The "It Works on my Machine" Award

Sunday, June 15, 2008 – 8:06 AM

it-works-awardAn imaginary conversation between you and another developer on your team, whom we’ll call Fred.

You: Hey, the build is broken!

Fred: No it’s not.

You: It is. The CI server is red and the log says that one of the projects is missing a file.

Fred: It’s red?

You: Yes… You did the last check in.

Fred: Well it works on my machine

Fred just won the “It works on my machine” award for the day/week. This isn’t new, Jeff Atwood blogged on this last year and you can even get mugs and T-shirts for repeat offenders. Ed Jez pointed me at it today and I liked the idea so much I wanted to write about it.

Fred’s an experienced developer and is just stating a fact. He’s going to have a slightly harder time fixing the issue but is already on the case. I have seen less skilled people shrug and go back to whatever they were doing as it’s clearly not their problem. Finger pointing and randomization usually ensues.

The only machine that really counts is the CI server. If it’s build is broken someone should be fixing it. Typically on my projects I like this to be the person who’s check in caused the problem but sometimes that isn’t possible and the person who finds it has to step up and deal with the issue. The key is getting the issue fixed as quickly as possible.

It works on my machine can be a smell. I could be a sign of people doing large check ins (and forgetting to add all the files), when maybe you could break them down into smaller ones. This isn’t always possible and you’ll still get build breaks this way. It can also be a function of a large project with lots of dependencies and a hard to reproduce build environment.

A common build script can make problems like this easier to fix. Being able to run the build script used by the CI server on a development box really helps. It doesn’t stop the problem but it does allow for faster fixes as it removes one variable from the problem space, the build script.

Occasional build breaks aren’t bad. They can and do happen. The whole idea behind a CI server is to lower the cost of check in but still be really sure that your product is building and passing tests. What’s important is that they get fixed as fast as possible.

If this is an endemic problem on your team then maybe it’s time to start handing out awards.

  1. 5 Responses to “The "It Works on my Machine" Award”

  2. Well, this is why we follow a strict “4-eyes-policy”.

    – in case someone checks “something” in, he firstly has to check if his changes do collide with other changes (manually), or better: has to update his project an recompile it.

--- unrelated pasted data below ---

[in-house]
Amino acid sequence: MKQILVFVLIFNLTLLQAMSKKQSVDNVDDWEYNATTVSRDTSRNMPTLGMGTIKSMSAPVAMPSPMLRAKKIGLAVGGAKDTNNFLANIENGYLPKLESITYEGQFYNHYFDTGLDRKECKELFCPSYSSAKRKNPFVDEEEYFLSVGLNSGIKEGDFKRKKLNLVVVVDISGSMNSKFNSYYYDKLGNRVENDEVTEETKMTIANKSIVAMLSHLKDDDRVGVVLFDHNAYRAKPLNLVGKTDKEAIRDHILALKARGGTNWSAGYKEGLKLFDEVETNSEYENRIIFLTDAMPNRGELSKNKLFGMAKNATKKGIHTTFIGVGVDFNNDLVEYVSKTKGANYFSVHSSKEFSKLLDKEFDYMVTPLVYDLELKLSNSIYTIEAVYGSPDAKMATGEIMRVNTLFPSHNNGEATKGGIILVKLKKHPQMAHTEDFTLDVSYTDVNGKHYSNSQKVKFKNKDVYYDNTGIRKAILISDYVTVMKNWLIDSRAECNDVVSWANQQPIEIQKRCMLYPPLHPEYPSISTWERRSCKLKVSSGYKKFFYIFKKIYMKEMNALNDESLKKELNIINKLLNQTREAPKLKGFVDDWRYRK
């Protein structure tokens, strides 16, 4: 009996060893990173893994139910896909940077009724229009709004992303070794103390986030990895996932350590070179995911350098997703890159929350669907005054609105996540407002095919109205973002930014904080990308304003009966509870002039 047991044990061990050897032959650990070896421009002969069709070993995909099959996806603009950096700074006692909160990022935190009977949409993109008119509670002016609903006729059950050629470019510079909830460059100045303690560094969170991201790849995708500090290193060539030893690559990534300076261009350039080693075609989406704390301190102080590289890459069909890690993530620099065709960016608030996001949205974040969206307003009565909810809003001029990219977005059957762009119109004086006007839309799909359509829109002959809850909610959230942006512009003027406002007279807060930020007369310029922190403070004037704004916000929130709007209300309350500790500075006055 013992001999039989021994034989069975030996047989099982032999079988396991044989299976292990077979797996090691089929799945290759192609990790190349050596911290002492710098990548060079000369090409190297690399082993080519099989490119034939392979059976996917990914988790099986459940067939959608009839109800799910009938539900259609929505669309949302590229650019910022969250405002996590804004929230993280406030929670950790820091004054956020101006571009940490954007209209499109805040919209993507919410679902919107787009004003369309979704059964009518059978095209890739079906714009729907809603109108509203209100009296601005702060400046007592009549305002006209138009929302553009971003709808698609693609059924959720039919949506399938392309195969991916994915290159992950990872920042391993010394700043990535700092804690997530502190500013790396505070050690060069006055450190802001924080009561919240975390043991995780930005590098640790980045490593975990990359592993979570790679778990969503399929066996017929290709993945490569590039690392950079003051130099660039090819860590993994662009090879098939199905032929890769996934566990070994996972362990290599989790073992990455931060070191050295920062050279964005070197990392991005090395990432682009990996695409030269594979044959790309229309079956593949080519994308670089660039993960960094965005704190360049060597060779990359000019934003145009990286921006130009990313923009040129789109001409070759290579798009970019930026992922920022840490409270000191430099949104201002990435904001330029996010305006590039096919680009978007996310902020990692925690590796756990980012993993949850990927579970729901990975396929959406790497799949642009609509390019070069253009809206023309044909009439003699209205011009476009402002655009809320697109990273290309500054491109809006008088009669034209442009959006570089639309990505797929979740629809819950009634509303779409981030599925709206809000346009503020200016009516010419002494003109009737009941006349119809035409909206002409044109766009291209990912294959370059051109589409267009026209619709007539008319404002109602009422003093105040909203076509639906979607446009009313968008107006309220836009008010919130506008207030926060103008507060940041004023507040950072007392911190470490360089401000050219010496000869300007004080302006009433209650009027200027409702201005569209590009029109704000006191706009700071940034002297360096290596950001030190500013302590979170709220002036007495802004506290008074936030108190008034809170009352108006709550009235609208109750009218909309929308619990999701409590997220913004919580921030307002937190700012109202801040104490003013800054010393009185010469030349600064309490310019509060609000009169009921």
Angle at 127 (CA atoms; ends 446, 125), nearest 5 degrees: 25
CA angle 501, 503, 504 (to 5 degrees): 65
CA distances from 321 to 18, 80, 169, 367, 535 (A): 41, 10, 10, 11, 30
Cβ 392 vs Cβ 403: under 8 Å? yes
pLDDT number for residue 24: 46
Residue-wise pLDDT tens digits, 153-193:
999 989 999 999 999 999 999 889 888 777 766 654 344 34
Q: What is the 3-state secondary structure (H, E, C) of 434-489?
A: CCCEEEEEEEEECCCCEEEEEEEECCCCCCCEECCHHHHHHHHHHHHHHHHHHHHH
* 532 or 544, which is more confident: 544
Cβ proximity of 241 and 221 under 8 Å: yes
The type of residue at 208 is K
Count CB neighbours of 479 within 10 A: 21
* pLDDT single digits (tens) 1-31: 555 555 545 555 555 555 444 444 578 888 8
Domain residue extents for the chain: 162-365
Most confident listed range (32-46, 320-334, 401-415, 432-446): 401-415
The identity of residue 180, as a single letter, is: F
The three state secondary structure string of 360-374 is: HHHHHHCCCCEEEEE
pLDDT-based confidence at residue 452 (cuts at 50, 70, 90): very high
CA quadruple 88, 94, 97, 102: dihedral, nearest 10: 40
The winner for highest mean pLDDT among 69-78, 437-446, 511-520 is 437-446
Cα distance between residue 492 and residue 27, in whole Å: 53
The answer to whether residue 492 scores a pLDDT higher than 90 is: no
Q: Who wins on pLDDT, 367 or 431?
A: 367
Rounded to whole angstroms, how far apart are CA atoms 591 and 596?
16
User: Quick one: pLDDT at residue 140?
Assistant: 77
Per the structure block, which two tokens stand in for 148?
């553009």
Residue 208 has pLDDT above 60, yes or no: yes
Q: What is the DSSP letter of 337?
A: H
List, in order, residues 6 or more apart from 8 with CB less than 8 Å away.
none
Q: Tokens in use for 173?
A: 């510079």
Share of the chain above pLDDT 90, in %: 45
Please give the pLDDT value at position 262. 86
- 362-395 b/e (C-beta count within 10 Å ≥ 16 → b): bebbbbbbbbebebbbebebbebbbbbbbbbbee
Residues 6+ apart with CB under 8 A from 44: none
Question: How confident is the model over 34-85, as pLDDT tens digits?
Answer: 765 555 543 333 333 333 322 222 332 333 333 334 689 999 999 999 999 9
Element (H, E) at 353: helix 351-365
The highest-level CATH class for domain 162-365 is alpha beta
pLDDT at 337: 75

– in case (after checkin) a build-tool tells us that something does not work, the person who checked in is named by the tool and he has to resolve the dependencies.

    – in case someone checks “something” in, some other programmer has to update the complete project on his computer and recompile it to see it working.

    Works pretty fine for us : )

    Just my 0,02$, Georgi

    By Georgi on Jun 15, 2008

  3. The machine that counts should be the CI, and it is a smell if it doesn’t. Sometimes it takes extra work. For example, for the Mobile Client Software Factory project at p&p, this is what the build lab had in order to deploy tests to physical mobile device and run them there (as the emulator can behave differently). We made it ‘the machine that counts’ by, well, putting a phone in the build rack:

    By Eduardo Jezierski on Jun 21, 2008

  4. Georgi,

    We use the four eyes polity too, most agile teams do. All code is either pair programmed or reviewed prior to check in. This becomes more challenging when the team is distributed across time zones.

    We don’t have a second developer build the changes but rely on the CI serrver to do this. CI has the additional advantage or automating some of the work and making it less prone to human error.

    I have a paper (see the publications section) which outlines the potential savings of an automated CI based approach over a completely manual one.


    By Ade Miller on Aug 12, 2009

  1. 2 Trackback(s)

  2. Jun 15, 2008: Arjan`s World » LINKBLOG for June 15, 2008
  3. Jun 15, 2008: Reflective Perspective - Chris Alcock » The Morning Brew #115

Sorry, comments for this entry are closed at this time.